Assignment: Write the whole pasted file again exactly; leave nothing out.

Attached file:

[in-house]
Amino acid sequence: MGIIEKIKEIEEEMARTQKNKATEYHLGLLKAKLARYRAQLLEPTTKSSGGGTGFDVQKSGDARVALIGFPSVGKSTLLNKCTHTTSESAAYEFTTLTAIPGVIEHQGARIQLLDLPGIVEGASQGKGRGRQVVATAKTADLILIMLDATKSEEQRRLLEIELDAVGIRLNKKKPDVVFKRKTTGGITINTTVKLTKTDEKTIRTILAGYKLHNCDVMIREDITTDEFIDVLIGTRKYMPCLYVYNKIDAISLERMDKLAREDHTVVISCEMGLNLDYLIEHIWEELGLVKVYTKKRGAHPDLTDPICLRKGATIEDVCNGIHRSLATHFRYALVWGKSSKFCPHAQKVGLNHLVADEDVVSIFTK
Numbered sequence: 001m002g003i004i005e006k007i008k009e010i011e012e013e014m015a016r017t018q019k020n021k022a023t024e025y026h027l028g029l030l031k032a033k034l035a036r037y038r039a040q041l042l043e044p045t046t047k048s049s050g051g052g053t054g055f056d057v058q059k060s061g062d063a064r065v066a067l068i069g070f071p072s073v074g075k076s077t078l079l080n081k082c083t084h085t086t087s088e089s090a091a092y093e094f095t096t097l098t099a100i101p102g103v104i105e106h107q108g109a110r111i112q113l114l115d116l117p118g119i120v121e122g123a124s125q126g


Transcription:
[in-house]
Amino acid sequence: MGIIEKIKEIEEEMARTQKNKATEYHLGLLKAKLARYRAQLLEPTTKSSGGGTGFDVQKSGDARVALIGFPSVGKSTLLNKCTHTTSESAAYEFTTLTAIPGVIEHQGARIQLLDLPGIVEGASQGKGRGRQVVATAKTADLILIMLDATKSEEQRRLLEIELDAVGIRLNKKKPDVVFKRKTTGGITINTTVKLTKTDEKTIRTILAGYKLHNCDVMIREDITTDEFIDVLIGTRKYMPCLYVYNKIDAISLERMDKLAREDHTVVISCEMGLNLDYLIEHIWEELGLVKVYTKKRGAHPDLTDPICLRKGATIEDVCNGIHRSLATHFRYALVWGKSSKFCPHAQKVGLNHLVADEDVVSIFTK
Numbered sequence: 001m002g003i004i005e006k007i008k009e010i011e012e013e014m015a016r017t018q019k020n021k022a023t024e025y026h027l028g029l030l031k032a033k034l035a036r037y038r039a040q041l042l043e044p045t046t047k048s049s050g051g052g053t054g055f056d057v058q059k060s061g062d063a064r065v066a067l068i069g070f071p072s073v074g075k076s077t078l079l080n081k082c083t084h085t086t087s088e089s090a091a092y093e094f095t096t097l098t099a100i101p102g103v104i105e106h107q108g109a110r111i112q113l114l115d116l117p118g119i120v121e122g123a124s125q126g